Samuel Sanchez: Test result was a total surprise

Samuel Sanchez (BMC) has said that the news of his 'adverse analytical finding' for the growth hormone releasing peptide GHRP-2 came as a total surprise. The UCI announced the finding on Thursday, which came from an out-of-competition test performed on August 9.

BMC later confirmed that the Spanish rider and 2008 Olympic Road Race champion has been provisionally suspended. Sanchez made brief comments to the Spanish news agency EFE, although his lawyers have told him not to speak until the results of the B sample have come through.

"The lawyers have said to me not to make declarations because they have to wait for the result of the B sample. It is about an adverse result, not a positive, but in any case, for me, it has been a total surprise, and I couldn't believe it," Sanchez told EFE.

Sanchez had just arrived in Nimes for the start of the Vuelta a Espana, when he was informed of the test results by the UCI. The Vuelta was potentially one of the last races of his career, with the Spaniard set to decide on his retirement after the Grand Tour finished on September 10.

"I'm bad, very surprised. I was aware of the news in Nimes, and I am now at home to await events. I got there this morning, and they told me by telephone and email, and I could not believe it," Sanchez said, going on to question why he would take a banned substance in the first place. "I am 39, I have been a professional for 19 years, and I am at the point of retiring, why would I get into this?"

Sanchez insisted that has a "calm conscience," and that the whole thing is "all a scare."

Business as usual at the Vuelta a Espana

If there was any tension this afternoon in the BMC Racing Team camp after one of their most veteran riders, Sánchez, had failed a doping test, it was most definitely not out in the open for the public or the tiny handful of journalists present to see.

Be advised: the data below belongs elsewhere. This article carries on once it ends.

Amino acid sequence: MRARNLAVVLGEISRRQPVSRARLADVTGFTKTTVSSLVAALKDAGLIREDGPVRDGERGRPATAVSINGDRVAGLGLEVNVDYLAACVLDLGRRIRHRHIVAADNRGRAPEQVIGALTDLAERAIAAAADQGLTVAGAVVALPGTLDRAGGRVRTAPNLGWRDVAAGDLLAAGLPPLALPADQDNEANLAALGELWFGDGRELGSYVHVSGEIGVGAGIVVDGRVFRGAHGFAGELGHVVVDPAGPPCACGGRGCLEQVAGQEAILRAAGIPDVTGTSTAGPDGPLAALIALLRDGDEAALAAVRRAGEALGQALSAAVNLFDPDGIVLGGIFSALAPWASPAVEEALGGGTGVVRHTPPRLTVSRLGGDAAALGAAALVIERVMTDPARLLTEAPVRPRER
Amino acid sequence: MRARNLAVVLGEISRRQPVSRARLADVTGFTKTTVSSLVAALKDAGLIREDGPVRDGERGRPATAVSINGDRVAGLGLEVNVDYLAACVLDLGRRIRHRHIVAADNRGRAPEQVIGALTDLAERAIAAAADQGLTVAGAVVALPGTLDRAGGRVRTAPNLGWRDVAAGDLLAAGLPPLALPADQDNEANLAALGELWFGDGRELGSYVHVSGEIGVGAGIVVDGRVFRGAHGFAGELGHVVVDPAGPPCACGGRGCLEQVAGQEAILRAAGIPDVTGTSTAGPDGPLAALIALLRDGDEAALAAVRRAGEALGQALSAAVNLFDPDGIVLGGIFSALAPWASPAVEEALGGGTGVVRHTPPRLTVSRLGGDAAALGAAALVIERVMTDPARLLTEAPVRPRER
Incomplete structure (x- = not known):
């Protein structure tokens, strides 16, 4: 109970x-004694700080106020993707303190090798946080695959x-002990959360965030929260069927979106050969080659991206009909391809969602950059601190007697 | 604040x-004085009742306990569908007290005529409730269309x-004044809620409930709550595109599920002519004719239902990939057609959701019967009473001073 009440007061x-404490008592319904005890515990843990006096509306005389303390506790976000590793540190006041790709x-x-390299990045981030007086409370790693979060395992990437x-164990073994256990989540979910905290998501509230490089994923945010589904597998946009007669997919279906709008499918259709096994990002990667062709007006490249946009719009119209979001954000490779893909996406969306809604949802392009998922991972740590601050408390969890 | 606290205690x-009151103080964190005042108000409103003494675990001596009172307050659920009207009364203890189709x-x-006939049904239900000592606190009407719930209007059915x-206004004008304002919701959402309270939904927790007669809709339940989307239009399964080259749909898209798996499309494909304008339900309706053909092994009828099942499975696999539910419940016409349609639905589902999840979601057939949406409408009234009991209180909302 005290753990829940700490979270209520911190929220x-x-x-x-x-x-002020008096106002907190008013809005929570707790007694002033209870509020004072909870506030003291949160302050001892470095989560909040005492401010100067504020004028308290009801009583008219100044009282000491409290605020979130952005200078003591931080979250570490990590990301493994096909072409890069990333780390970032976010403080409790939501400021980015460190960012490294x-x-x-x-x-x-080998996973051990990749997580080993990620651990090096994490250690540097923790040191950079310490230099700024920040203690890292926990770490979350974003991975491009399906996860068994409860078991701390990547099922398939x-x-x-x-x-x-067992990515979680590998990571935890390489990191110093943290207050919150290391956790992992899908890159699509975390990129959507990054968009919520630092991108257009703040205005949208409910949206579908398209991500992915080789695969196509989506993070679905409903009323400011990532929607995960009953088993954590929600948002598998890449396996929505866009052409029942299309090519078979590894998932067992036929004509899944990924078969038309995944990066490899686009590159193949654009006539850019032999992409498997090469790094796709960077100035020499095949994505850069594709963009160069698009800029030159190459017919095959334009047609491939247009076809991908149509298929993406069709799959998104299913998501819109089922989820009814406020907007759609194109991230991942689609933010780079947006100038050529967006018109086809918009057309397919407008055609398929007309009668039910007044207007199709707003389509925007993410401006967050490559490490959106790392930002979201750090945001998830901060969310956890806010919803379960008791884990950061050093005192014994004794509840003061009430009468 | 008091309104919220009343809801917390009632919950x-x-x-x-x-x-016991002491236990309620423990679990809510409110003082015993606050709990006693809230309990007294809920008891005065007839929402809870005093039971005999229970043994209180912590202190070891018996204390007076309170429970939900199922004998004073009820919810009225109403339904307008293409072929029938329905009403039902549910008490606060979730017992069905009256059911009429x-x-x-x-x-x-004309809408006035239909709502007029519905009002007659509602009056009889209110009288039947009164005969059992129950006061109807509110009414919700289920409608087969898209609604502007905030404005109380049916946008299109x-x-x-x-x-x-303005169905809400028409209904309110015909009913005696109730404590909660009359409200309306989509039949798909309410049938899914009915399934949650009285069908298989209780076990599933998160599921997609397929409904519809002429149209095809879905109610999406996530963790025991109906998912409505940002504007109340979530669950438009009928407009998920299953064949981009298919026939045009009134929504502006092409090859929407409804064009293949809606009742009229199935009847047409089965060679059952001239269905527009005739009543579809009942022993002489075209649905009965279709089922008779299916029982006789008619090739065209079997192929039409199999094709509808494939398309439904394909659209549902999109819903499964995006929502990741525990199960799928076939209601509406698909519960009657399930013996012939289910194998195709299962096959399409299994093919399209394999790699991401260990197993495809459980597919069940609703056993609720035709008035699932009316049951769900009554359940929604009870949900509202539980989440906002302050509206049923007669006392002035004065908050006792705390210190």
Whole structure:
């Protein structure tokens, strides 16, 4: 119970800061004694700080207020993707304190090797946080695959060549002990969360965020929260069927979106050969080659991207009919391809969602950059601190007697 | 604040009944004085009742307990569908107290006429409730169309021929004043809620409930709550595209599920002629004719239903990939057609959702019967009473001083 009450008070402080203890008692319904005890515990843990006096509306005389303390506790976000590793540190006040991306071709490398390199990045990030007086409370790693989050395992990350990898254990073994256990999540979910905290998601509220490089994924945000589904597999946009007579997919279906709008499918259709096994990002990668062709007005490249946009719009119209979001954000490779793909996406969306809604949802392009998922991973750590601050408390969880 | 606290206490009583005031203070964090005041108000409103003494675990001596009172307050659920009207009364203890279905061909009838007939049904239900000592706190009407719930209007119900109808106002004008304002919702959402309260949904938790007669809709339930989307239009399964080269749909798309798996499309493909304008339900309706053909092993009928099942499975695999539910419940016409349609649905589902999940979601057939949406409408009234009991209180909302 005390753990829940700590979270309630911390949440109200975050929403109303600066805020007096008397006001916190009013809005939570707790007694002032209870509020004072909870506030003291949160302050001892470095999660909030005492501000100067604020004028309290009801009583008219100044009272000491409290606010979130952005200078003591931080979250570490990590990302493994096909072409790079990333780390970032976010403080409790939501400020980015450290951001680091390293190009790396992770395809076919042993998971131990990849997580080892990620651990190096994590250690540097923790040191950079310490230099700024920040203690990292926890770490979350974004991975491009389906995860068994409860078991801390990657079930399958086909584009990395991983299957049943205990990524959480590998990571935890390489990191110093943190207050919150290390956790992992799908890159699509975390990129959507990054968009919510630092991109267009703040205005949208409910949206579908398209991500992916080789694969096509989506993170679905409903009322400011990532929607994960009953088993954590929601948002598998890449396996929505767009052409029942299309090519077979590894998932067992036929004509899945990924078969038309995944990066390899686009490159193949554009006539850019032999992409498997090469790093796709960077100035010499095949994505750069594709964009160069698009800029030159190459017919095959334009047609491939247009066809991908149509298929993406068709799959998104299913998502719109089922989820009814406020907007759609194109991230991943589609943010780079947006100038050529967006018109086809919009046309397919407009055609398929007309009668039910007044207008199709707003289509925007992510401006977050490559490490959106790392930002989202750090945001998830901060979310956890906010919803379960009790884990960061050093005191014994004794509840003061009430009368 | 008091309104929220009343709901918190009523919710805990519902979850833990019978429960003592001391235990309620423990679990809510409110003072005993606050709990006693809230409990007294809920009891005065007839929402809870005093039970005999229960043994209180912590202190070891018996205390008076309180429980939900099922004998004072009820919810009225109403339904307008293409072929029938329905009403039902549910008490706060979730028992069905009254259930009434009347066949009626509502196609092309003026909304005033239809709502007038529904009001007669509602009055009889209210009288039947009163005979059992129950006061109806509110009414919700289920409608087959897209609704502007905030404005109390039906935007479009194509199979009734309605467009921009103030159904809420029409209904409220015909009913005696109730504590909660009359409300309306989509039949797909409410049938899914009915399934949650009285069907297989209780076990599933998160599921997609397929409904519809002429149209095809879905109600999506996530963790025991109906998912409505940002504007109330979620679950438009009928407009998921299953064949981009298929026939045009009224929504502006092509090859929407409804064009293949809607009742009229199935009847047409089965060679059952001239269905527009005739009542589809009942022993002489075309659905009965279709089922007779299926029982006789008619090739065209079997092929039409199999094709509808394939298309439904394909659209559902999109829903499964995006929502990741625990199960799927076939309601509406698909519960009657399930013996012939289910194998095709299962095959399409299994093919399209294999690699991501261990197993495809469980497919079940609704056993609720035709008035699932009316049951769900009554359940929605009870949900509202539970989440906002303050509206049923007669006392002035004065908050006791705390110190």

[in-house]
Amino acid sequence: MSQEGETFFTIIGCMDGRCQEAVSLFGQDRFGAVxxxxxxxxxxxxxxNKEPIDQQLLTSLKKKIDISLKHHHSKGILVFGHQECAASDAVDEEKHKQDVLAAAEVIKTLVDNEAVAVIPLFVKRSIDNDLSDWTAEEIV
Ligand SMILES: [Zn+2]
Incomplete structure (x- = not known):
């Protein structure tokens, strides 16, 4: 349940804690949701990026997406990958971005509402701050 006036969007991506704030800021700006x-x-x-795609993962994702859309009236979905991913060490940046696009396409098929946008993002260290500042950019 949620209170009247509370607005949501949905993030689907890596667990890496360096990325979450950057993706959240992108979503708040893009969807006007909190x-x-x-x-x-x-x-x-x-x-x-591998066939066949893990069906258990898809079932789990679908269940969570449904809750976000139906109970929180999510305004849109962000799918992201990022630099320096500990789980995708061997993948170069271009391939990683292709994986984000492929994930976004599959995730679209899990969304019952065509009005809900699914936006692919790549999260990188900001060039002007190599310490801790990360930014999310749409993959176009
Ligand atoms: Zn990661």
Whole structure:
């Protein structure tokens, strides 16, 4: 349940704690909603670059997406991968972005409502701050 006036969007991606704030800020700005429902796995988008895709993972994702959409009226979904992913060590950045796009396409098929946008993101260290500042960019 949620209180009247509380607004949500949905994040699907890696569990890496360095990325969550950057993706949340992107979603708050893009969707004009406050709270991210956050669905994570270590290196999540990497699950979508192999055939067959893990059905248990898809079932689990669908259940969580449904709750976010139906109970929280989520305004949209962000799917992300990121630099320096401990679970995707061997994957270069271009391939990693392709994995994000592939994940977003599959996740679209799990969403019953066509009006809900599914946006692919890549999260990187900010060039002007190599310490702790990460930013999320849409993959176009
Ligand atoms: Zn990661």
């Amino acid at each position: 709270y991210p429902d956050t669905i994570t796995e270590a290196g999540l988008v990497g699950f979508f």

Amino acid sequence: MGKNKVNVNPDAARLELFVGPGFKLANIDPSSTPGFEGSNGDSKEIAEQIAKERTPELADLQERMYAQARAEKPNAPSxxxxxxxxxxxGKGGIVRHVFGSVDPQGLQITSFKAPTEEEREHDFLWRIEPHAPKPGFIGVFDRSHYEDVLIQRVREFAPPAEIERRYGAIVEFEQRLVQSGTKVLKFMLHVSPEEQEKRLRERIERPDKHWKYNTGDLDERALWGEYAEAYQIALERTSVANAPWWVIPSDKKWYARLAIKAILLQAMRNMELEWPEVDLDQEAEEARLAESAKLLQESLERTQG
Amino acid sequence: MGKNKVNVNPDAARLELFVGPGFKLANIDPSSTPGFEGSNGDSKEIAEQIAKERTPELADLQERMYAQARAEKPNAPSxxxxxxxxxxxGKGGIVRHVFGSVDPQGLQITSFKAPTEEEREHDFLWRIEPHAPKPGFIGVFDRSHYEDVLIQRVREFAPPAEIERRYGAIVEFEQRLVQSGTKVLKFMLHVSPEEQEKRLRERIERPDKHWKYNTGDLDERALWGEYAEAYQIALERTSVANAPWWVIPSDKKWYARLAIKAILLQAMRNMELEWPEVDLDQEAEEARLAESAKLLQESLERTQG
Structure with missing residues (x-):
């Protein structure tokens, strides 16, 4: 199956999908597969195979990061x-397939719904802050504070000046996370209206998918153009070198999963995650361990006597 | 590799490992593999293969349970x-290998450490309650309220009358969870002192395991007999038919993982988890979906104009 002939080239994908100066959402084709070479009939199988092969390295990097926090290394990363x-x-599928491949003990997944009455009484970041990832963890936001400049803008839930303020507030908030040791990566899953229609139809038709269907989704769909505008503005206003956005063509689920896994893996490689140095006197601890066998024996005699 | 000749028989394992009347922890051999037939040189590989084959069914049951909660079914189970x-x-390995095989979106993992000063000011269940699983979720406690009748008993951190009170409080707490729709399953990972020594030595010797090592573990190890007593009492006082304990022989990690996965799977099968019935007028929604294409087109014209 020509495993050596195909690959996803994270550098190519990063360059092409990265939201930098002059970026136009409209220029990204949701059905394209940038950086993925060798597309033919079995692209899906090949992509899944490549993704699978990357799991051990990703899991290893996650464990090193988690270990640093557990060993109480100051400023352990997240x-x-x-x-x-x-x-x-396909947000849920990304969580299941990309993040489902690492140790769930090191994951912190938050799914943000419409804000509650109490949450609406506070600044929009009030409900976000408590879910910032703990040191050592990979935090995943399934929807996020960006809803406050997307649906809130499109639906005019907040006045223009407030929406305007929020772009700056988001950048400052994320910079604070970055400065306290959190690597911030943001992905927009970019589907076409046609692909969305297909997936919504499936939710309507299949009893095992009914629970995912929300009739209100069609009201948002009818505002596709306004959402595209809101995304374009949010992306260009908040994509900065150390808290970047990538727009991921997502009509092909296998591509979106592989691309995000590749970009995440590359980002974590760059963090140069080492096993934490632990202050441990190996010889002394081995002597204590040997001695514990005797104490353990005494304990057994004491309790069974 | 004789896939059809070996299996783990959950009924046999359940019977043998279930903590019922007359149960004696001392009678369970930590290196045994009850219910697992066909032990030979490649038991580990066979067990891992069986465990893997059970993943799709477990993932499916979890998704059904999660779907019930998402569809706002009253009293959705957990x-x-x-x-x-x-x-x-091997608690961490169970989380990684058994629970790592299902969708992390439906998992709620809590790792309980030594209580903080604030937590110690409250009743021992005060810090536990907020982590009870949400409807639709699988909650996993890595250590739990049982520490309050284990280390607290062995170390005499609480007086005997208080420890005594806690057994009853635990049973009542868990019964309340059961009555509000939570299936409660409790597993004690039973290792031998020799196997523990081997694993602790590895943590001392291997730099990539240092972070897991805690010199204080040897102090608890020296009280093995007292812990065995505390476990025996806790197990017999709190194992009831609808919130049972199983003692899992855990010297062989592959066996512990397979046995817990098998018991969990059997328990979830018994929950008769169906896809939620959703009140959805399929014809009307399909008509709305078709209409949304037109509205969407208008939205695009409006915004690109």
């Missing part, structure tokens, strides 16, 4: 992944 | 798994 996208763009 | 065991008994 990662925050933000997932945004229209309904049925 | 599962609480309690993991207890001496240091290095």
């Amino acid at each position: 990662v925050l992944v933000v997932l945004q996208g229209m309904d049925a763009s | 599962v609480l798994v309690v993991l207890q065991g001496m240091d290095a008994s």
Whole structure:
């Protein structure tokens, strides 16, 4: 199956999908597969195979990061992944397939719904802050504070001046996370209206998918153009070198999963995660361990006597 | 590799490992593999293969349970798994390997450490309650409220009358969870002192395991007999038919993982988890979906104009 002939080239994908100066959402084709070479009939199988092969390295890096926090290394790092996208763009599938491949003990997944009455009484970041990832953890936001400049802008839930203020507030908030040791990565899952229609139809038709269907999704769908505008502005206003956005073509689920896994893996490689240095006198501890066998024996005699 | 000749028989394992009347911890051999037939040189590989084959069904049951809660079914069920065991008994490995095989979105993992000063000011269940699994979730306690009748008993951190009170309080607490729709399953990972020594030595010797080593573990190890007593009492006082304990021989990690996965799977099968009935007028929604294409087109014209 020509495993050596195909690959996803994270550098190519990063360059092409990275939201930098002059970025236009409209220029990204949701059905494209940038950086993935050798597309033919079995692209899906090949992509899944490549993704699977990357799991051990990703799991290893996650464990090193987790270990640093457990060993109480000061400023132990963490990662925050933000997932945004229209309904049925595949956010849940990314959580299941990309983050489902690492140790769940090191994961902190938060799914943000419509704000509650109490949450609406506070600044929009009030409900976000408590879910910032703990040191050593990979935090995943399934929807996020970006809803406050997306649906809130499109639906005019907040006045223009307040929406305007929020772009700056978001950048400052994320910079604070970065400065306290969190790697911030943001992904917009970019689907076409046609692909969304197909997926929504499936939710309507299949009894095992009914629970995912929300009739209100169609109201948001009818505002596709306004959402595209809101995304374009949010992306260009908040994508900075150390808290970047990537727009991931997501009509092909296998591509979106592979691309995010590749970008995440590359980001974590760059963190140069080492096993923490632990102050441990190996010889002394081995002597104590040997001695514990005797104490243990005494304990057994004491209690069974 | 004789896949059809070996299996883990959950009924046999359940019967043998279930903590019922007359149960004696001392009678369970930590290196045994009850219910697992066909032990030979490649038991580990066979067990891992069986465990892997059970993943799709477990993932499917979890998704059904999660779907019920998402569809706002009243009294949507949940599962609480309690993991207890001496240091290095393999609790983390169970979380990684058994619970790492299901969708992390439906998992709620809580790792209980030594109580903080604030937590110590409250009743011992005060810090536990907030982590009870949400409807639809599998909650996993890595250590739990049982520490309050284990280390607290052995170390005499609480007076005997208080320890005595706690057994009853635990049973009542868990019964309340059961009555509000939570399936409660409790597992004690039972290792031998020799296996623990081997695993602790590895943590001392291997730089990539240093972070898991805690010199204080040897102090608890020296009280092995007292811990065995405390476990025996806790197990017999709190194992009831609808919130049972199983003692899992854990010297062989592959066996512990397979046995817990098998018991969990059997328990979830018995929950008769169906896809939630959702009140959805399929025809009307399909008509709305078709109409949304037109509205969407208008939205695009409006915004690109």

Instead, at the team's Nimes lodgings, a large, out-of-town hotel on an industrial estate, there was the usual view of a gaggle of mechanics, in this case, from four different Vuelta a España squads, seemingly immune to the heat as they washed bikes on a tarmacked forecourt. Inside a few team riders were grabbing a late meal post-training in the large circular tables in the hotel dining room. In marked contrast to the media feeding frenzy such situations produce, say, in the Tour de France, the hotel lobby was nearly deserted, and the most distraught person was a businesswoman whose room wifi seemed to be playing up.

Typical scenes at the BMC team hotel at Nimes then played out dozens of times in a Grand Tour. The idea that things had gone seriously awry for one of their best-known senior pros was only detectable, in fact, when team staff refused to comment on Sanchez's test.

Cyclingnews understands that Sánchez received the information that he had an adverse analytical finding, to use the UCI jargon for his failed test, this Thursday morning during group training for the team time trial on Saturday. He then returned to the team hotel and by lunchtime had left Nimes, with only his bike, sitting somewhat forlornly outside the team truck, still remaining there.

In an interview at the Tour de Pologne, the 2008 Olympic road race champion had told Cyclingnews that he would not make a decision on whether he would continue racing for another year until after the Vuelta a España. More than ever, now, that decision is hanging in the balance.

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